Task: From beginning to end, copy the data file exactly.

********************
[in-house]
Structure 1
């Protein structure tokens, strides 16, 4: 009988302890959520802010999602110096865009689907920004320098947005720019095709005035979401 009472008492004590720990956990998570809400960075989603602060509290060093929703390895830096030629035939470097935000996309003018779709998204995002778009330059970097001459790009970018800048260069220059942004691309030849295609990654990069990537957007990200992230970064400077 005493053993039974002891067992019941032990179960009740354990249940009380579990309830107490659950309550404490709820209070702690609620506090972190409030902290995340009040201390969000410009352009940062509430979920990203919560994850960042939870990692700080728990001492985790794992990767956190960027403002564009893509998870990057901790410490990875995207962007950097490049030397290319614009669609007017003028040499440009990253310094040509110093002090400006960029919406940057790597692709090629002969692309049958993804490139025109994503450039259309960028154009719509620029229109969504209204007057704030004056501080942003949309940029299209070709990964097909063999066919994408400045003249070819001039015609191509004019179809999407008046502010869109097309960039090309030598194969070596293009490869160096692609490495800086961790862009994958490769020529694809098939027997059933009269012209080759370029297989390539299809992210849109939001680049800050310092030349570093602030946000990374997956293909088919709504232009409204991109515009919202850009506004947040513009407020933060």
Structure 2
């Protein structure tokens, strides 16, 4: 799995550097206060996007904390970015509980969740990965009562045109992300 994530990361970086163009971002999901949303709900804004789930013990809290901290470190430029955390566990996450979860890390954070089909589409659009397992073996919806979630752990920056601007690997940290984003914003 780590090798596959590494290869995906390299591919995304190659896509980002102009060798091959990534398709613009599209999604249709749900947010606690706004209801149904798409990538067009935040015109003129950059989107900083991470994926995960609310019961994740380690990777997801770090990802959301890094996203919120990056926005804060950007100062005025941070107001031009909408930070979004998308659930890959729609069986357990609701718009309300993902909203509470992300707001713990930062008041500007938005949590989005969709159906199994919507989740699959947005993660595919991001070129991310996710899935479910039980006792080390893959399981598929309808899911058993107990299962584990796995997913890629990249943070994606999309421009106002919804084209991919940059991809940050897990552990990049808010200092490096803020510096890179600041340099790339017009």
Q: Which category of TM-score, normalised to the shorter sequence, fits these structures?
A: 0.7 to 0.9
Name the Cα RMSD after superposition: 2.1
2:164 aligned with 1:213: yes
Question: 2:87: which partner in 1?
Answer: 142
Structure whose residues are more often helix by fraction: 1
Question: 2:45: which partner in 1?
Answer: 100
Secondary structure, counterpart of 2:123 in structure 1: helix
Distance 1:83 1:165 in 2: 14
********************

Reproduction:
[in-house]
Structure 1
């Protein structure tokens, strides 16, 4: 009988302890959520802010999602110096865009689907920004320098947005720019095709005035979401 009472008492004590720990956990998570809400960075989603602060509290060093929703390895830096030629035939470097935000996309003018779709998204995002778009330059970097001459790009970018800048260069220059942004691309030849295609990654990069990537957007990200992230970064400077 005493053993039974002891067992019941032990179960009740354990249940009380579990309830107490659950309550404490709820209070702690609620506090972190409030902290995340009040201390969000410009352009940062509430979920990203919560994850960042939870990692700080728990001492985790794992990767956190960027403002564009893509998870990057901790410490990875995207962007950097490049030397290319614009669609007017003028040499440009990253310094040509110093002090400006960029919406940057790597692709090629002969692309049958993804490139025109994503450039259309960028154009719509620029229109969504209204007057704030004056501080942003949309940029299209070709990964097909063999066919994408400045003249070819001039015609191509004019179809999407008046502010869109097309960039090309030598194969070596293009490869160096692609490495800086961790862009994958490769020529694809098939027997059933009269012209080759370029297989390539299809992210849109939001680049800050310092030349570093602030946000990374997956293909088919709504232009409204991109515009919202850009506004947040513009407020933060």
Structure 2
């Protein structure tokens, strides 16, 4: 799995550097206060996007904390970015509980969740990965009562045109992300 994530990361970086163009971002999901949303709900804004789930013990809290901290470190430029955390566990996450979860890390954070089909589409659009397992073996919806979630752990920056601007690997940290984003914003 780590090798596959590494290869995906390299591919995304190659896509980002102009060798091959990534398709613009599209999604249709749900947010606690706004209801149904798409990538067009935040015109003129950059989107900083991470994926995960609310019961994740380690990777997801770090990802959301890094996203919120990056926005804060950007100062005025941070107001031009909408930070979004998308659930890959729609069986357990609701718009309300993902909203509470992300707001713990930062008041500007938005949590989005969709159906199994919507989740699959947005993660595919991001070129991310996710899935479910039980006792080390893959399981598929309808899911058993107990299962584990796995997913890629990249943070994606999309421009106002919804084209991919940059991809940050897990552990990049808010200092490096803020510096890179600041340099790339017009």
Q: Which category of TM-score, normalised to the shorter sequence, fits these structures?
A: 0.7 to 0.9
Name the Cα RMSD after superposition: 2.1
2:164 aligned with 1:213: yes
Question: 2:87: which partner in 1?
Answer: 142
Structure whose residues are more often helix by fraction: 1
Question: 2:45: which partner in 1?
Answer: 100
Secondary structure, counterpart of 2:123 in structure 1: helix
Distance 1:83 1:165 in 2: 14